Act locally: Right-to-Work zones can spark IL comeback

Act locally: Right-to-Work zones can spark IL comeback

For Illinois’ downstate communities that have felt the pain of out-migration and need to revitalize their industrial base, a local Right-to-Work ordinance can be their first step to a comeback.

In his statements before a Decatur audience, Gov. Bruce Rauner highlighted the opportunity for local governments in Illinois to become “employee-empowerment zones” by adopting local regulations that promote job creation. Workers in these areas would be allowed to choose whether or not to join a union, an option they don’t currently enjoy.

Given there is no statewide legislation preventing localities from enacting Right-to-Work ordinances, county or municipal governments can pass an ordinance that protects workers from being forced to join a union or pay union dues as a condition of getting a job. Illinois’ local governments have especially strong muscles to flex on this issue, given the extraordinary “home rule” powers they are granted under the state constitution.

The local Right-to-Work movement kicked off in Kentucky, where five counties have already passed countywide Right-to-Work ordinances, with more counties on the way. Harry Berry, judge-executive of Hardin County said, “We think it will help economic growth and promote commerce in our community.” The Kentucky model provides a framework for Illinois localities to make the same reforms.

Such reform is one solution for Illinois communities that have been economically devastated by the out-migration of businesses and workers, and who have seen their tax base eroded as a result. Illinois’ dependency crisis also highlights the need for local solutions in communities that want to attract businesses. In a number of work-starved counties, more than a quarter of all households are dependent on the Supplemental Nutrition Assistance Program, commonly known as food stamps.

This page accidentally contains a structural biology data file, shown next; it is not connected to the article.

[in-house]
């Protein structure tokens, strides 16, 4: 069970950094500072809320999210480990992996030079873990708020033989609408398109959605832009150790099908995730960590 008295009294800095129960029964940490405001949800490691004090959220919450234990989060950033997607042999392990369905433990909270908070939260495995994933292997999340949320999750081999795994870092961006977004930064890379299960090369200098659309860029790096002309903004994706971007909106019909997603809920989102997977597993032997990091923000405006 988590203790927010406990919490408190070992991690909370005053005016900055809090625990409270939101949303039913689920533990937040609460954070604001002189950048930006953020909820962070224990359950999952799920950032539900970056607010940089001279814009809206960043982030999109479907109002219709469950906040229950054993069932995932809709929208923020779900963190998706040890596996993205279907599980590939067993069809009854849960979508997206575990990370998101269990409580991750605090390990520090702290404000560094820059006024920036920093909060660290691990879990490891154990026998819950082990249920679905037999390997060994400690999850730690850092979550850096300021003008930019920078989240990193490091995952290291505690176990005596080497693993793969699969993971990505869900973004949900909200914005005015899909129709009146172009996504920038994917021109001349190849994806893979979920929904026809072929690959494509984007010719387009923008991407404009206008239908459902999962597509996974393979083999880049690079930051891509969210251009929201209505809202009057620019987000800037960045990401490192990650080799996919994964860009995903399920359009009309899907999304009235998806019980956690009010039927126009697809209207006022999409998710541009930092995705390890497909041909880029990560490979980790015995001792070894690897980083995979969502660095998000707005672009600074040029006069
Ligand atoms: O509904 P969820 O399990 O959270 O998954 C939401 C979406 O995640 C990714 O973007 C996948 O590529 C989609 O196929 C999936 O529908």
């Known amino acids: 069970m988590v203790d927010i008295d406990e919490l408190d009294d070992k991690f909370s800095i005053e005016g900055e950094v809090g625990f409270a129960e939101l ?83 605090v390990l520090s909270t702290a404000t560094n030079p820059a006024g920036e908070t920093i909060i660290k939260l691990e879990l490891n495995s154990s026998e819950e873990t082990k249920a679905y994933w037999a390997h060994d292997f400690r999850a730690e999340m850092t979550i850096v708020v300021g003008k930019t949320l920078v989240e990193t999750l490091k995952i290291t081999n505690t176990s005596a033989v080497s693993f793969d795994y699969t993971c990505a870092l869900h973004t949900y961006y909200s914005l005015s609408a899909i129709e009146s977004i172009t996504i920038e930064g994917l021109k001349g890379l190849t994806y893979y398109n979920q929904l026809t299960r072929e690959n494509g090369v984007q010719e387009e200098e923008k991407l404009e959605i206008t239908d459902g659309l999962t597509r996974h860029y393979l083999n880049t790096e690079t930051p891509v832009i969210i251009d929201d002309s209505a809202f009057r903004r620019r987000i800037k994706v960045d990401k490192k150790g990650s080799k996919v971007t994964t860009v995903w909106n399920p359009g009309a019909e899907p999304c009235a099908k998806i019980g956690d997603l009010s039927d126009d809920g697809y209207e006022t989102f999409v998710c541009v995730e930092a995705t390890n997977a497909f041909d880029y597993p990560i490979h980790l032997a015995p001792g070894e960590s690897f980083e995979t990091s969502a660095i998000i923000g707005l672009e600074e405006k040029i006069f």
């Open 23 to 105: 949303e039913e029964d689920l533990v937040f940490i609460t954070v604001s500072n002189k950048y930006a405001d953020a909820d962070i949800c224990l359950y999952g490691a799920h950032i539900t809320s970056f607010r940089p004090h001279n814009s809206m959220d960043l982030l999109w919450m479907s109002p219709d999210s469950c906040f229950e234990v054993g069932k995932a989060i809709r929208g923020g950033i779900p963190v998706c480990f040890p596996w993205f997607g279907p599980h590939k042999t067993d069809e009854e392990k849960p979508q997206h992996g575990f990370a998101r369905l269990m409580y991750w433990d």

In addition, counties along Illinois’ borders, especially the border with Indiana, are vulnerable to losing businesses that can hop the border. Former Indiana Gov. Mitch Daniels has highlighted the importance of Right-to-Work legislation, saying “A lot of companies that don’t really want to talk about it publicly are perfectly explicit about talking about it in private.” Daniels added that before Indiana became a Right-to-Work state, “almost the only time we would ever lose a competition for new jobs it was to a Right-to-Work [state].”

For Illinois’ downstate communities that have felt the pain of out-migration and need to revitalize their industrial base, a local Right-to-Work ordinance can be their first step to a comeback.

Rauner’s Decatur audience was more than familiar with the need to create opportunity. Decatur’s industrial base has suffered under statewide policies that make Illinois uncompetitive, and have left the city unable to recover the jobs it lost during the recession. In addition, 28.4 percent of Macon County households depend on food stamps, more evidence of Decatur’s need to embrace pro-opportunity policies.


Peoria, Illinois, is another industrial powerhouse and is home to Caterpillar Inc., the state’s largest employer. However, regulatory and tax issues, such as workers’ compensation and forced unionization, have made Illinois uncompetitive with states like Indiana, which is a much more attractive location for Caterpillar to expand its manufacturing base. Peoria could use a Right-to-Work ordinance to encourage Caterpillar to create more jobs locally, and to kick-start a local jobs recovery that is slow in coming and still trending down.


Rockford, Illinois, experienced a steep decline in jobs over the recession era from which the community has not recovered, combined with an alarming 27.8 percent of households on food stamps. Rockford also has to contend with nearby Wisconsin when it tries to attract and keep businesses. The city’s economy would be made much more competitive should Rockford choose to become a Right-to-Work zone.


The story of economic hardship is repeated across the state in communities large and small. With economic reform being held up for decades in the General Assembly, local communities should be ready to take matters into their own hands. Illinois’ comeback is going to take time, but it need not wait for a General Assembly unwilling to embrace pro-opportunity policies. Local areas can kick-start their comeback by fostering economic growth and embracing worker choice through the power of Right-to-Work zones.




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